NOTE: Please record the name of each cluster, the namespace used, and be sure not to delete the associated PVCs or CRDs!

Step 5

Delete the 3.5.x version of the operator by executing:

Step 6

Log in as your new Linux user and install the 4.7.11 PostgreSQL Operator as described in the Bash Installation Procedure.

Be sure to add the existing namespace to the Operator’s list of watched namespaces (see the Namespace section of this document for more information) and make sure to avoid overwriting any existing data storage.

We strongly recommend that you create a test cluster before proceeding to the next step.

Step 7

Once the Operator is installed and functional, create a new 4.7.11 cluster matching the cluster details recorded in Step 1. Be sure to use the primary PVC name (also noted in Step 1) and the same major PostgreSQL version as was used previously. This will allow the new clusters to utilize the existing PVCs.

NOTE: If you have existing pgBackRest backups stored that you would like to have available in the upgraded cluster, you will need to follow the PVC Renaming Procedure.

A simple example is given below, but more information on cluster creation can be found here

pgo create cluster <clustername> -n <namespace>
Step 8

Manually update the old leftover Secrets to use the new label as defined in 4.7.11:

kubectl -n <namespace> label secret/<clustername>-postgres-secret pg-cluster=<clustername> -n <namespace>
kubectl -n <namespace> label secret/<clustername>-primaryuser-secret pg-cluster=<clustername> -n <namespace>
kubectl -n <namespace> label secret/<clustername>-testuser-secret pg-cluster=<clustername> -n <namespace>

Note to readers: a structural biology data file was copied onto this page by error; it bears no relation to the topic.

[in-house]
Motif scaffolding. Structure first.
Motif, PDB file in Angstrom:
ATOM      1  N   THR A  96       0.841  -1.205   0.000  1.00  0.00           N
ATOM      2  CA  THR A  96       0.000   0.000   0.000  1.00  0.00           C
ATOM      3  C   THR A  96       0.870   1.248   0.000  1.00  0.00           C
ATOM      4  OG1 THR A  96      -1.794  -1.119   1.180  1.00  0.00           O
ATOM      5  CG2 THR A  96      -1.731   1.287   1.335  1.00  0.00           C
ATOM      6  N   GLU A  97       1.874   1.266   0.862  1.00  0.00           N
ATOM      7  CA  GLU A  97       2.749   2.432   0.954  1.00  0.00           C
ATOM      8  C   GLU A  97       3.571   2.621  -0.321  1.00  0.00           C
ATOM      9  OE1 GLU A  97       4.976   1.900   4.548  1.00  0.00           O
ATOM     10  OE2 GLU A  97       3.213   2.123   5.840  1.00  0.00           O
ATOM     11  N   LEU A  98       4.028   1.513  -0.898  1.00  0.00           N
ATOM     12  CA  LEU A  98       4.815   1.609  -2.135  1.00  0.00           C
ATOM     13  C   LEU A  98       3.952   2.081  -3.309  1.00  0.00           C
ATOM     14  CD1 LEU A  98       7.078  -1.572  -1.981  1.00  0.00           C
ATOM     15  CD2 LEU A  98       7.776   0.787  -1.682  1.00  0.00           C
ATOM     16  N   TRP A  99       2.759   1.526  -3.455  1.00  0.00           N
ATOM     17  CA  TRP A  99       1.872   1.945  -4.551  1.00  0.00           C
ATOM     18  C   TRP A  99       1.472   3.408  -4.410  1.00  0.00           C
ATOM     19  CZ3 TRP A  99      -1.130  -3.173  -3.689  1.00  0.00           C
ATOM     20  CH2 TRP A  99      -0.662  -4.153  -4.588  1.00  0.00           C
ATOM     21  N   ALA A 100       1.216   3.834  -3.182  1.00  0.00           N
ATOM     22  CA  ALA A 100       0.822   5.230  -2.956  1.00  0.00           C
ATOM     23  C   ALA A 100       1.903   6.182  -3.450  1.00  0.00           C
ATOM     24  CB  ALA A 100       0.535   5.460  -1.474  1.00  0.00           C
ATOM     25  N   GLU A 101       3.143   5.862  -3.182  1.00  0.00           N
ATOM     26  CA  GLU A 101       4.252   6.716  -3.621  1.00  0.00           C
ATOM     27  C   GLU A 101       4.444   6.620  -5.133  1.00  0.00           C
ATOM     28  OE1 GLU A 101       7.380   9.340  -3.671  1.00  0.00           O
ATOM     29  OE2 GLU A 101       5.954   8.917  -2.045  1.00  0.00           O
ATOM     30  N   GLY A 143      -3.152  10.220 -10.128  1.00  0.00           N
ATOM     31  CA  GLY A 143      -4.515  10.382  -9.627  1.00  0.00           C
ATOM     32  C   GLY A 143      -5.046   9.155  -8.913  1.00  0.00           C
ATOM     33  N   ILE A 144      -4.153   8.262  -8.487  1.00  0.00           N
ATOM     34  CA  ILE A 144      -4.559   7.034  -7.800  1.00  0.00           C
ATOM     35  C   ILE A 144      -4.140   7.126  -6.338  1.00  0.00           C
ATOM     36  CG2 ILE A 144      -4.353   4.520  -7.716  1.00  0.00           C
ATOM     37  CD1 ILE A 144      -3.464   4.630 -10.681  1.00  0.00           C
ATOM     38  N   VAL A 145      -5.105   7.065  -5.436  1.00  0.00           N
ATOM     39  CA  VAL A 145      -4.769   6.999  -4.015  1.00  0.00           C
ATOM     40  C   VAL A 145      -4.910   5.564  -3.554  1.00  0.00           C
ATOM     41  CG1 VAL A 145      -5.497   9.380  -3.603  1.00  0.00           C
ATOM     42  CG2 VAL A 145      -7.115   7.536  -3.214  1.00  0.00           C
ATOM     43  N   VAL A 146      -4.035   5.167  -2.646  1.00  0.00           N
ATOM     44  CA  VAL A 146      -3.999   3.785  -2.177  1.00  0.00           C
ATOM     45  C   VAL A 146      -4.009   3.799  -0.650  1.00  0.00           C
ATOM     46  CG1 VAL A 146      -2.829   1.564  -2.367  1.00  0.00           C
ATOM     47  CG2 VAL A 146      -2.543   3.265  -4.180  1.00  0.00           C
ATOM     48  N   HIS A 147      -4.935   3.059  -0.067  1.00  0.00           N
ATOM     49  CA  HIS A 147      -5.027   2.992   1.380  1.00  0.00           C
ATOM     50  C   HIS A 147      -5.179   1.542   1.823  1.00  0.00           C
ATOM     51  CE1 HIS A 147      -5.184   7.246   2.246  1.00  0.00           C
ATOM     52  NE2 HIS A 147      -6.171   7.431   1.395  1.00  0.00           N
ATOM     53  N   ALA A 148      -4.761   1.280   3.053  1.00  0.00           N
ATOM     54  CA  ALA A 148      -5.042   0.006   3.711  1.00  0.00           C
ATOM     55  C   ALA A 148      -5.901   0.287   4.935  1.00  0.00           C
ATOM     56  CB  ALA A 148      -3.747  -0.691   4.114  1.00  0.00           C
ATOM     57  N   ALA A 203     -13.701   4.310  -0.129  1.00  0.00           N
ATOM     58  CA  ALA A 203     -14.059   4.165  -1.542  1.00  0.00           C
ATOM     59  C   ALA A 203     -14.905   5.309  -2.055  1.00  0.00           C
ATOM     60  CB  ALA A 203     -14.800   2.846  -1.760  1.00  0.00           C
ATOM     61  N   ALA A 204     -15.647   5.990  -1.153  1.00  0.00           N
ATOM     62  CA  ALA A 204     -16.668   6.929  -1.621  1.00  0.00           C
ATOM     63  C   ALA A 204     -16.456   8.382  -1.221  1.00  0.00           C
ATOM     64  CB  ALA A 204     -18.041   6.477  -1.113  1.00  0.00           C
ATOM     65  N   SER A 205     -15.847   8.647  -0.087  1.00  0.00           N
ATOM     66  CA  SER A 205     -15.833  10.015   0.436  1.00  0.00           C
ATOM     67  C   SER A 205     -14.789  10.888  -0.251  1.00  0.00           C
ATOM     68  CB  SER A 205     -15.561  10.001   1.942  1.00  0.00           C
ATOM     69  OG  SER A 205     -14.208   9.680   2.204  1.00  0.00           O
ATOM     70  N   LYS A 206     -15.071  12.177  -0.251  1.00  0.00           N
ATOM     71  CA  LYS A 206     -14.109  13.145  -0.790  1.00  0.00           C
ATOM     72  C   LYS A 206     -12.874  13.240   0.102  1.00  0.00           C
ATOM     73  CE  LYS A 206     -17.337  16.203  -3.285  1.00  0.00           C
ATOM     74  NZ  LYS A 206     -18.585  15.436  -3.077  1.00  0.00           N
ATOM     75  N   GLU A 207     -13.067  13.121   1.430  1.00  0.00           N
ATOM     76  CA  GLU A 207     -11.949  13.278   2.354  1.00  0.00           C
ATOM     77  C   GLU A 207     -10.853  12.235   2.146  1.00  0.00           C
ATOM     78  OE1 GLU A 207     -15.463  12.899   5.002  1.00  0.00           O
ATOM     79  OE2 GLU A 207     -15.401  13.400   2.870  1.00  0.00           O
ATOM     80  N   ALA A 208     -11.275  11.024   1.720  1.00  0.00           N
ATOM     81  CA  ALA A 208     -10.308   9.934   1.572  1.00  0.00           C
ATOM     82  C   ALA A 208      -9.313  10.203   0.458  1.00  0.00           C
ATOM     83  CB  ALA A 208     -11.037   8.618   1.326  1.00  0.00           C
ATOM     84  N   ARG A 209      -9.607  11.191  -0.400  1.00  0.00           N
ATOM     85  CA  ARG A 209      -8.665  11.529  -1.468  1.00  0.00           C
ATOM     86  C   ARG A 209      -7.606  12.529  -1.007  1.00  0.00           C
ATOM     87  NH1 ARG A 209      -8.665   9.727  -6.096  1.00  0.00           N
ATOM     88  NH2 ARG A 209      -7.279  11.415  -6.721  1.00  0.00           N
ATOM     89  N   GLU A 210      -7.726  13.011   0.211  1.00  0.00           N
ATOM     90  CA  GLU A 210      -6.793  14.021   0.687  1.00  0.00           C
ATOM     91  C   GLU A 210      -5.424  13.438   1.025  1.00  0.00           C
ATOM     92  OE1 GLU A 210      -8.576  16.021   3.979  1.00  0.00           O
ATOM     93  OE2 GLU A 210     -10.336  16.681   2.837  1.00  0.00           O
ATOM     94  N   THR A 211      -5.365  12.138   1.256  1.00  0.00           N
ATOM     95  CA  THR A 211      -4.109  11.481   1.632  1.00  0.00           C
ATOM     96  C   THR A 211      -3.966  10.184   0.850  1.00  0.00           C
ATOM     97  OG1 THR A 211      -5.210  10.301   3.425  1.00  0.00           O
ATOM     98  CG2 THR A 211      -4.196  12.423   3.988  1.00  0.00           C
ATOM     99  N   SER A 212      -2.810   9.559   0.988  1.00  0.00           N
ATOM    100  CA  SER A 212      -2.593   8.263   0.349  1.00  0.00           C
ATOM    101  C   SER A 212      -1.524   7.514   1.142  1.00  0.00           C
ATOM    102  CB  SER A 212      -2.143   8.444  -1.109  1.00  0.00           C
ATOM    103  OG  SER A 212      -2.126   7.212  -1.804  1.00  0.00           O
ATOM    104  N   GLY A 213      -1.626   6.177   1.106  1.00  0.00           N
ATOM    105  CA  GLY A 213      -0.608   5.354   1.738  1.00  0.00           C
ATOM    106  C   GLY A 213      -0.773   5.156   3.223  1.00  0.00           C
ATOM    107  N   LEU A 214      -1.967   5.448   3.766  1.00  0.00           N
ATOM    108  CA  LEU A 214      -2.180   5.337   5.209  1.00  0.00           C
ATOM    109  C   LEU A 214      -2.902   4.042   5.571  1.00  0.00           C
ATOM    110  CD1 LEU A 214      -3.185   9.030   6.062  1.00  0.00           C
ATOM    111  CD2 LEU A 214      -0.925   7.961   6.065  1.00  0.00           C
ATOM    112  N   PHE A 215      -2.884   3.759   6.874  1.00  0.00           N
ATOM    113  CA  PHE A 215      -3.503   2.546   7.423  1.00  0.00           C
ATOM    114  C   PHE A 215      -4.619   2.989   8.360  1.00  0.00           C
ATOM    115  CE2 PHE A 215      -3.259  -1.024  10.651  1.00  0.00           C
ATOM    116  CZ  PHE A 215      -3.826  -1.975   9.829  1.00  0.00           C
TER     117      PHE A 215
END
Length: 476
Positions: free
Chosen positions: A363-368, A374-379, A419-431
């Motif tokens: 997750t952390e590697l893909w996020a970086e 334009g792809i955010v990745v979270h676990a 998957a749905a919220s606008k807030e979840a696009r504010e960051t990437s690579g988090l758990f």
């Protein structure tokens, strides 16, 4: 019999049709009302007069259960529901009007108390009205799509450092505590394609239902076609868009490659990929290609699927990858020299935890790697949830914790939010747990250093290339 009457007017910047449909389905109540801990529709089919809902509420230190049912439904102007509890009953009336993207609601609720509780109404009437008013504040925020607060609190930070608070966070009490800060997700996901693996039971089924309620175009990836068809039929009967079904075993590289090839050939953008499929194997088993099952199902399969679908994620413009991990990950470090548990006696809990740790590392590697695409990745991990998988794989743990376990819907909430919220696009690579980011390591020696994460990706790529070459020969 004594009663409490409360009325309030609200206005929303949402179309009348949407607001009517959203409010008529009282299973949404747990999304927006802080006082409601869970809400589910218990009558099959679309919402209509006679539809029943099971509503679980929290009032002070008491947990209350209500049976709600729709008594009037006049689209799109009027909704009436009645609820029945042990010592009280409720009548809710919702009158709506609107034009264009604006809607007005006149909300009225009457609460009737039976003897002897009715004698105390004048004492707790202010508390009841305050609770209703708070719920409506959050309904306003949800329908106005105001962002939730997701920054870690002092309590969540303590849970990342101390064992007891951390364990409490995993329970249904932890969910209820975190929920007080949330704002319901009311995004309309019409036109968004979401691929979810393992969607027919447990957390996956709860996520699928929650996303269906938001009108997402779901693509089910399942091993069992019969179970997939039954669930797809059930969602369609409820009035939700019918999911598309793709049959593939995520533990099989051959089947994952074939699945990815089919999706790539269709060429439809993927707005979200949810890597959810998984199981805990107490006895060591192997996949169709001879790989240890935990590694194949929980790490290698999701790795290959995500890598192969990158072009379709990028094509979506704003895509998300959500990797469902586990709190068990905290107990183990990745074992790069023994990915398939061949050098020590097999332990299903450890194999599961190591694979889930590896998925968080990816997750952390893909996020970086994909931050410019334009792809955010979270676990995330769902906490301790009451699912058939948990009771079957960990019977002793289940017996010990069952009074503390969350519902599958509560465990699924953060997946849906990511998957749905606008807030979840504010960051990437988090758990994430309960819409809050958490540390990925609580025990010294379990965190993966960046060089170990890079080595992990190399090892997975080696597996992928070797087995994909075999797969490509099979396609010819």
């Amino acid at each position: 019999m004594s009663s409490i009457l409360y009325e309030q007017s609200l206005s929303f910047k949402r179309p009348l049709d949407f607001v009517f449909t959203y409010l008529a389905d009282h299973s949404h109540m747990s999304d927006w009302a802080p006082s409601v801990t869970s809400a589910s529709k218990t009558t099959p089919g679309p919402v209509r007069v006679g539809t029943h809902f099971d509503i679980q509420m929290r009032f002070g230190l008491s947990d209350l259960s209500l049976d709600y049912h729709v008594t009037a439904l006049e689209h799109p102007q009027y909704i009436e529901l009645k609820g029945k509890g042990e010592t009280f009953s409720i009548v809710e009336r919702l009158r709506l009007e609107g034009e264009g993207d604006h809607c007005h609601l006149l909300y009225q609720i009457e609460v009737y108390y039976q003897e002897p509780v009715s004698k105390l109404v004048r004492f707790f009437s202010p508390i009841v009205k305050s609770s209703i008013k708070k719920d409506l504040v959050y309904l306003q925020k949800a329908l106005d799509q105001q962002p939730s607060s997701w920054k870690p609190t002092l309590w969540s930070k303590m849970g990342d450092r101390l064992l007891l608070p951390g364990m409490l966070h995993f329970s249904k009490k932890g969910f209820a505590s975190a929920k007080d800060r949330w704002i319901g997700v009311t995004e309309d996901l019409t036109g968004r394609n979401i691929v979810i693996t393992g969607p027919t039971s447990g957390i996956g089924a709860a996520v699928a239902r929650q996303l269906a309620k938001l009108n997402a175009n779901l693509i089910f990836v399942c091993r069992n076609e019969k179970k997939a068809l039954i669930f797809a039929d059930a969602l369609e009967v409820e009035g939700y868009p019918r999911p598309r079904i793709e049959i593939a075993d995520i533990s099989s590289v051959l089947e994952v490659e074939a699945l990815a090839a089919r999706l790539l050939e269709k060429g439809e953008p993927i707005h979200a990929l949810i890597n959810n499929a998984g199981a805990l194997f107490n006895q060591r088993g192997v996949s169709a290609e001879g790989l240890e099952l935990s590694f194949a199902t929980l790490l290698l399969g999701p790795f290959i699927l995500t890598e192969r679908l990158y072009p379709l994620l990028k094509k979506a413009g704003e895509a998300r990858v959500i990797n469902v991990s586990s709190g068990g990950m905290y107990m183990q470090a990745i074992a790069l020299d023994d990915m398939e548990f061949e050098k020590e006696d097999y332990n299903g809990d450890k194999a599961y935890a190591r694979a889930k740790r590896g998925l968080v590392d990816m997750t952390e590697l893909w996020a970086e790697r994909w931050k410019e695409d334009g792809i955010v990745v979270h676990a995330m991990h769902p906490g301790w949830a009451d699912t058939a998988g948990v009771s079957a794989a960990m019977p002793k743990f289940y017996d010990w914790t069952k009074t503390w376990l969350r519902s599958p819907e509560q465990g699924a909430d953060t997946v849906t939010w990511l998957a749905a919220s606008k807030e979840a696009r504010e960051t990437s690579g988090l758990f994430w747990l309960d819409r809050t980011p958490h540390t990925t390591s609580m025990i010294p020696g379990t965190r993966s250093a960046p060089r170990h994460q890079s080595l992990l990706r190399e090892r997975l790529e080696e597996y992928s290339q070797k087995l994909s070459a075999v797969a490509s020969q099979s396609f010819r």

Step 9

To verify cluster status, run

pgo test <clustername> -n <namespace>

Output should be similar to:

cluster : mycluster
                primary ( UP
                primary (mycluster-7d49d98665-7zxzd): UP
Step 10

Scale up to the required number of replicas, as needed.

Congratulations! Your cluster is upgraded and ready to use!

pgBackRest Repo PVC Renaming

If the pgcluster you are upgrading has an existing pgBackRest repo PVC that you would like to continue to use (which is required for existing pgBackRest backups to be accessible by your new cluster), the following renaming procedure will be needed.

Step 1

To start, if your current cluster is “mycluster”, the pgBackRest PVC created by version 3.5 of the Postgres Operator will be named “mycluster-backrest-shared-repo”. This will need to be renamed to “mycluster-pgbr-repo” to be used in your new cluster.

To begin, save the output from

kubectl -n <namespace> describe pvc mycluster-backrest-shared-repo

for later use when recreating this PVC with the new name. In this output, note the “Volume” name, which is the name of the underlying PV.

Step 2

Now use

kubectl -n <namespace> get pv <PV name>

to check the “RECLAIM POLICY”. If this is not set to “Retain”, edit the “persistentVolumeReclaimPolicy” value so that it is set to “Retain” using

kubectl -n <namespace> patch pv <PV name> --type='json' -p='[{"op": "replace", "path": "/spec/persistentVolumeReclaimPolicy", "value":"Retain"}]'
Step 3

Now, delete the PVC:

kubectl -n <namespace> delete pvc mycluster-backrest-shared-repo
Step 4

You will remove the “claimRef” section of the PV with

kubectl -n <namespace> patch pv <PV name> --type=json -p='[{"op": "remove", "path": "/spec/claimRef"}]'

which will make the PV “Available” so it may be reused by the new PVC.

Step 5

Now, create a file with contents similar to the following:

kind: PersistentVolumeClaim
apiVersion: v1
  name: mycluster-pgbr-repo
  namespace: demo
  storageClassName: ""
    - ReadWriteMany
      storage: 2Gi
  volumeMode: Filesystem
  volumeName: "crunchy-pv156"

where name matches your new cluster (Remember that this will need to match the “primary PVC” name identified in Step 2 of the upgrade procedure!) and namespace, storageClassName, accessModes, storage, volumeMode and volumeName match your original PVC.

Step 6

Now you can use the new file to recreate your PVC using

kubectl -n <namespace> create -f <filename>

To check that your PVC is “Bound”, run

kubectl -n <namespace> get pvc mycluster-pgbr-repo

Congratulations, you have renamed your PVC! Once the PVC Status is “Bound”, your cluster can be recreated. If you altered the Reclaim Policy on your PV in Step 1, you will want to reset it now.